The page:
In the midst of things

Short writing is hard.

It stretches writers to find only the essential and to think about what assumptions they can count on their reader to make.

We spent a whole day last week hearing from a range of writers who work in short forms, from poets, to curators, to #twitterstorians, and ‘flash historical fiction’ writers from FlashBack Fiction.

I left with a lot of ideas, but the one thing I wanted to do was more short writing, to stretch myself small.

Here’s a quick flash fiction exercise you can try, based on a suggestion from Fiction Southeast’s 7 Tips for Writing Flash Fiction.

I strongly recommend reading their post first, which has some good suggestions for what works well in flash (such as: no long introductions, start in the action, throw in a twist). I also liked how Ingrid Jendrzejewski of FlashBack described how good flash fiction works: rather than looking down a telescope, flash fiction has to be immediate, in the moment, an illuminated instant, which is more like being down on the ground, in the midst of things.

I love how this kind of discipline can force historians down into uncomfortable proximity with the past.


The Exercise

Create a scene where a character faces a life changing moment, in 50 words or less. You could allow yourself about 12 minutes.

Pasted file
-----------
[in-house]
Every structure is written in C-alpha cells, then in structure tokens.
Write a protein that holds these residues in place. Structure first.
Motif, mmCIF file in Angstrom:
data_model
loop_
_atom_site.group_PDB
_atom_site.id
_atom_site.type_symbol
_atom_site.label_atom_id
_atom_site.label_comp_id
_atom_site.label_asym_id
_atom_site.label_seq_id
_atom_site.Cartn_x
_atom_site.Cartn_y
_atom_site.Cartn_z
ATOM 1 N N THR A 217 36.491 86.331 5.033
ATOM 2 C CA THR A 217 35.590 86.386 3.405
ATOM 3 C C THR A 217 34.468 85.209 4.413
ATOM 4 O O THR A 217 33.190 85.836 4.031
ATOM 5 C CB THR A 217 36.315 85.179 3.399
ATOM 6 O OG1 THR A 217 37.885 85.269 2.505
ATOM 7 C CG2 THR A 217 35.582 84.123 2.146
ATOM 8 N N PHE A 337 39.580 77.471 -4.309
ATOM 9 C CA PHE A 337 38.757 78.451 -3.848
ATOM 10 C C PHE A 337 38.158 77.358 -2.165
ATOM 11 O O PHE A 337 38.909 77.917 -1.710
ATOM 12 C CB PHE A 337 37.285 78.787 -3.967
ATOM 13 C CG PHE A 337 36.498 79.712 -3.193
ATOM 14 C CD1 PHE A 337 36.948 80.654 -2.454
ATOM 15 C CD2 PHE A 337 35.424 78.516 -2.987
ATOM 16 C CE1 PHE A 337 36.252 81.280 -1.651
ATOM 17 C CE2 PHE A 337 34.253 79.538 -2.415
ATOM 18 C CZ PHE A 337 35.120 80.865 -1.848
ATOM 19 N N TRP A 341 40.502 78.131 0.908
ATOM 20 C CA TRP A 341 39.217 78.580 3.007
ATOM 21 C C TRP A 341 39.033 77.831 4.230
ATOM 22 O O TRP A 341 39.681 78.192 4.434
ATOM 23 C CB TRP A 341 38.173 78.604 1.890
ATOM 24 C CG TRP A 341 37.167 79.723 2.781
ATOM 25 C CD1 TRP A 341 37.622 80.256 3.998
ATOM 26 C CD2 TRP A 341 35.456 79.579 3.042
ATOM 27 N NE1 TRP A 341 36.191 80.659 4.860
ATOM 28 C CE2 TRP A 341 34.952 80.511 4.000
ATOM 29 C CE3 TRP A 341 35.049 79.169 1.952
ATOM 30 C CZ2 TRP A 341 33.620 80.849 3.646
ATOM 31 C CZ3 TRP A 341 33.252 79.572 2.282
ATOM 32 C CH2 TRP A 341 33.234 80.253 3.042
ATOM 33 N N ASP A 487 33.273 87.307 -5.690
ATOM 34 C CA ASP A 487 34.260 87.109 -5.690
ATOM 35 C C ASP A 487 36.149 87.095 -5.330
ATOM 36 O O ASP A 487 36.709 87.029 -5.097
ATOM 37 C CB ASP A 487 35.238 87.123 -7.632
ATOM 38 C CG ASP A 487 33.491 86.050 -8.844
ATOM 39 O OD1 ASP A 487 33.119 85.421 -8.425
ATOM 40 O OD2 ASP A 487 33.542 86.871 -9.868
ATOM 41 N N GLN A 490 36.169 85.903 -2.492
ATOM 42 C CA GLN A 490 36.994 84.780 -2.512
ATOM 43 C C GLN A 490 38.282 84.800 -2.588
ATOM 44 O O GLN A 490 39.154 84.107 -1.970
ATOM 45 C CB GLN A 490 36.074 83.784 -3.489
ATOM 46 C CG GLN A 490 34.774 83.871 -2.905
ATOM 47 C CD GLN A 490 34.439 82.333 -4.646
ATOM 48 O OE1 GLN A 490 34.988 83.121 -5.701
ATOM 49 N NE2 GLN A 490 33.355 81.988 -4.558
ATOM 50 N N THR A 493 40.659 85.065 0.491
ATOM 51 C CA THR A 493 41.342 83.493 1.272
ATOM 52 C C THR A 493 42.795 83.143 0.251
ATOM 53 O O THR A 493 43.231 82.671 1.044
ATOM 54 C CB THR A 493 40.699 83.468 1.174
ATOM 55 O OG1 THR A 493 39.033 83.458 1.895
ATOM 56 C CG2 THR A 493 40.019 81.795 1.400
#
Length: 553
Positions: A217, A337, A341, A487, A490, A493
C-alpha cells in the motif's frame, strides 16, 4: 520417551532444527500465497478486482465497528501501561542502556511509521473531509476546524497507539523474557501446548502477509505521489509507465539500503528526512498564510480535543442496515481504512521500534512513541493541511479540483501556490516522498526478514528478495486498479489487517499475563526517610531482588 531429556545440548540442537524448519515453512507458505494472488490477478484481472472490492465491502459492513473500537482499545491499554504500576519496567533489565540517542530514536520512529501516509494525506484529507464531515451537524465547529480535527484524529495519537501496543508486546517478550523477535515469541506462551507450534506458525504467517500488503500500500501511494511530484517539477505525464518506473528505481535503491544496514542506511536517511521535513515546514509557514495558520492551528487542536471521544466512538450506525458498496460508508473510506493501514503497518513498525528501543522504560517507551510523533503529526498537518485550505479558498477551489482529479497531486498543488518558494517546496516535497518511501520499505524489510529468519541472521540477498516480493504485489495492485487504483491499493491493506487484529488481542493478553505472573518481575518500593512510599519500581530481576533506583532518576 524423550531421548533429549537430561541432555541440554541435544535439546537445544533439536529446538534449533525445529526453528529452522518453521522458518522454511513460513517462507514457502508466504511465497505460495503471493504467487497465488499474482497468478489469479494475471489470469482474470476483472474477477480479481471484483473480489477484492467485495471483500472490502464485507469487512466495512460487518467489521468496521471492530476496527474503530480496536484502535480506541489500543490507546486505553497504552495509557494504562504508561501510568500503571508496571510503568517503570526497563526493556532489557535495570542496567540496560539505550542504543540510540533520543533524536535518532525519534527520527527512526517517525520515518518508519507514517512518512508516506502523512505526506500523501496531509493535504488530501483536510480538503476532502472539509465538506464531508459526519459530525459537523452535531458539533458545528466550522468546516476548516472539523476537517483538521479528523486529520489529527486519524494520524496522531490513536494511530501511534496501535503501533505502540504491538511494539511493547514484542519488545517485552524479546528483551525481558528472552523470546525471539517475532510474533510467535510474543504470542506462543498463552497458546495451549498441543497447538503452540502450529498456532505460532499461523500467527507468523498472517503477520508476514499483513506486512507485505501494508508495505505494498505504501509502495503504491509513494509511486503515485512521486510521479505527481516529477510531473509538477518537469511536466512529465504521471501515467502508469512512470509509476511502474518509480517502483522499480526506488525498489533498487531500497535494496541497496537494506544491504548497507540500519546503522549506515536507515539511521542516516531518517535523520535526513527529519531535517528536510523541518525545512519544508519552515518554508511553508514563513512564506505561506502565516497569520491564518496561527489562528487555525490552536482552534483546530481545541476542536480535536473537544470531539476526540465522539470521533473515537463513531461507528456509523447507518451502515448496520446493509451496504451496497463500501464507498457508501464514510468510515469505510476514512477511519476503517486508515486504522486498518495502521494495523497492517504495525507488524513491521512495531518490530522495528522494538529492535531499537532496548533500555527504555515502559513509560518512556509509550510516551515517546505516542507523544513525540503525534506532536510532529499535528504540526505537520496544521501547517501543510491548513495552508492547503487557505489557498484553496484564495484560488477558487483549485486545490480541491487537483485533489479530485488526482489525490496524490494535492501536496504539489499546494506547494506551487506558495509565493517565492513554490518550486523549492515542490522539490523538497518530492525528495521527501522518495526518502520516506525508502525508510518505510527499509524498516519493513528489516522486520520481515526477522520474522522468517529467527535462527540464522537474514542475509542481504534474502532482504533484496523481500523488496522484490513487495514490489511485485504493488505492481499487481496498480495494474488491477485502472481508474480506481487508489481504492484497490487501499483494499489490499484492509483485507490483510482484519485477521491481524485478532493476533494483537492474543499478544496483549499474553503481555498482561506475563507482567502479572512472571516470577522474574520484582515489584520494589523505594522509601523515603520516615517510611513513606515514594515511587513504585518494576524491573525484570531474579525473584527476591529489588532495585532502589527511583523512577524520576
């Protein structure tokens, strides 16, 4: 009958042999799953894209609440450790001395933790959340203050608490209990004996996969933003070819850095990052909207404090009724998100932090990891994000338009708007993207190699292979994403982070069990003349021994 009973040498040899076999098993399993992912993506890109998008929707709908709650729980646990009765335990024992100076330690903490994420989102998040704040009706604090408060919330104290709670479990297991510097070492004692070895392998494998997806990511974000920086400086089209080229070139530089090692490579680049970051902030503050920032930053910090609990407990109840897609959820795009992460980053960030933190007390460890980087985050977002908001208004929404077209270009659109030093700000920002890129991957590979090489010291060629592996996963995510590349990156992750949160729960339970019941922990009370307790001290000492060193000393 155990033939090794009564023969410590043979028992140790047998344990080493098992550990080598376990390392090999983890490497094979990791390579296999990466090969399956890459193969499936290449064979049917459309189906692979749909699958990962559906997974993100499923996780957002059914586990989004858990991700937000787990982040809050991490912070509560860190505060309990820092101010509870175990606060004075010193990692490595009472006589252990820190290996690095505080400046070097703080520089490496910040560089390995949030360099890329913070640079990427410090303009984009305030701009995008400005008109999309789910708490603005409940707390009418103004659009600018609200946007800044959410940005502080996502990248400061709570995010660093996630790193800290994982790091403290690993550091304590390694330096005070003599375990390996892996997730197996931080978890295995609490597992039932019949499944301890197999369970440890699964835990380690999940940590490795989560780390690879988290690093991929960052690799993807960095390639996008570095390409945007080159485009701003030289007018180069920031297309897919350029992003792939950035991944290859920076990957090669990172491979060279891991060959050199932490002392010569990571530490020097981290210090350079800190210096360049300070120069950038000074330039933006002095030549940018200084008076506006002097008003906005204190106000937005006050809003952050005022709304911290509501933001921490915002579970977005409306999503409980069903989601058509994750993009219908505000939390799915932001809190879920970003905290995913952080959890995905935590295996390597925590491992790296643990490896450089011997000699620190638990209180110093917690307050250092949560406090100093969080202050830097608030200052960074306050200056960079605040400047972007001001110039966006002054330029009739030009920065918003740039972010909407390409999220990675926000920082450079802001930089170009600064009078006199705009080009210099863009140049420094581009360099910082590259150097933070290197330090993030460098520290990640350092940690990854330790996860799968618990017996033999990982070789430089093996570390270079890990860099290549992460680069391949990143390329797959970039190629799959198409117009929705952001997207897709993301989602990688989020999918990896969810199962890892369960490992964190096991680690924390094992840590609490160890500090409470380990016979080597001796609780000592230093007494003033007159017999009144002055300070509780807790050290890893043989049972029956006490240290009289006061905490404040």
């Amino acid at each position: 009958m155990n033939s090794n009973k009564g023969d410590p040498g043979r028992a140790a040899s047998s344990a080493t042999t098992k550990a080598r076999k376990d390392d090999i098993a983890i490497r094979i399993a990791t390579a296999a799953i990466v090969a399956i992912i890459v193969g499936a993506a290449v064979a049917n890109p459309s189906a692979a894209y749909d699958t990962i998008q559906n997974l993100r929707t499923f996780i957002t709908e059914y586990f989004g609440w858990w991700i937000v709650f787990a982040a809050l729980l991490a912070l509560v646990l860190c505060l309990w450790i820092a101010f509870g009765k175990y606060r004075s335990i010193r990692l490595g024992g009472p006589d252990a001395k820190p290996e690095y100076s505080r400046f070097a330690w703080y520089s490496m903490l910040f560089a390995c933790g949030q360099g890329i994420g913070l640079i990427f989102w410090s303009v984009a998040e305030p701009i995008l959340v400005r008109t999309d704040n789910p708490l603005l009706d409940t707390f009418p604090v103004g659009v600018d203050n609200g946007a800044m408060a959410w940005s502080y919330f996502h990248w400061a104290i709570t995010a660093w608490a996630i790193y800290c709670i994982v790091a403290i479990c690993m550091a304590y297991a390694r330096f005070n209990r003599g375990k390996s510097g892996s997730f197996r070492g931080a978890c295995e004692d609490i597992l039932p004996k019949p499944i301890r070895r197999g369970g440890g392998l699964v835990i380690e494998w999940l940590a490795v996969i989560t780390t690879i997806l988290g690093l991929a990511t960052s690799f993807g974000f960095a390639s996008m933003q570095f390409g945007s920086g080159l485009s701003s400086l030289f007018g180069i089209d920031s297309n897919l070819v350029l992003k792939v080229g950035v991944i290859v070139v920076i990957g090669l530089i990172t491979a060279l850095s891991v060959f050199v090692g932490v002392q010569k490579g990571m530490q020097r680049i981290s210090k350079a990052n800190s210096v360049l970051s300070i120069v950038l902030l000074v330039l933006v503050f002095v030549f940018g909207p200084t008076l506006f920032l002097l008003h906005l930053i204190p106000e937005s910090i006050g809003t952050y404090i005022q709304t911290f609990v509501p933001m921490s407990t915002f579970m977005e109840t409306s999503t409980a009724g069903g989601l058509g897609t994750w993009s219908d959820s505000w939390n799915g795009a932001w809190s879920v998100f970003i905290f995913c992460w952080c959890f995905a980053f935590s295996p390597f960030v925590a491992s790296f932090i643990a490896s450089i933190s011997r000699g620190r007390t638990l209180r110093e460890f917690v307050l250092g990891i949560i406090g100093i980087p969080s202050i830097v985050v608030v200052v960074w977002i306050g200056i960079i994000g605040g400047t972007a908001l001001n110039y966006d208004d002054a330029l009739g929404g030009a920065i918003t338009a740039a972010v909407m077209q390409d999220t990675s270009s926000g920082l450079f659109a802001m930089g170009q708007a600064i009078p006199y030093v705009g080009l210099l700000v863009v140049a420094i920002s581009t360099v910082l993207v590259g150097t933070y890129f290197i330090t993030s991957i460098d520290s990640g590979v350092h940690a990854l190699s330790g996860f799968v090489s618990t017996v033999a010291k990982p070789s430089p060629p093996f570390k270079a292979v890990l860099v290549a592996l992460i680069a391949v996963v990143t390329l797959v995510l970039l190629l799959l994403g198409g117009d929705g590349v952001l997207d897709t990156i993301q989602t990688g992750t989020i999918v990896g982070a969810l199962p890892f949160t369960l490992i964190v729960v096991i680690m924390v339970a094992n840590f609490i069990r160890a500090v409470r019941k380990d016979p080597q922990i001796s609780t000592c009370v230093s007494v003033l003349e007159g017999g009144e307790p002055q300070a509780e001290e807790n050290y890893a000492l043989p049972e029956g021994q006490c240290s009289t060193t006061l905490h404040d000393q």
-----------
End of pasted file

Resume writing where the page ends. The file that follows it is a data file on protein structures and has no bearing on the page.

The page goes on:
Tip: it’s not hard to write 50 words in 12 minutes: what is hard is getting it down under the word limit, while still making sense. Here’s my attempt:

I walk head down in the rain to work, where electronic hygiene soothes my worries. In two minutes I delete 400 emails, like a flashing running from my fingers, hypnotic. That’s how I almost miss the One, as flat and normal as every other email.

Subject: ‘Lottery Prize Notification.’

For more examples of flash (historical) fiction, try the FlashBack website, including this witchcraft story.

Advertisements

Leave a Reply

Fill in your details below or click an icon to log in:

WordPress.com Logo

You are commenting using your WordPress.com account. Log Out /  Change )

Google photo

You are commenting using your Google account. Log Out /  Change )

Twitter picture

You are commenting using your Twitter account. Log Out /  Change )

Facebook photo

You are commenting using your Facebook account. Log Out /  Change )

Connecting to %s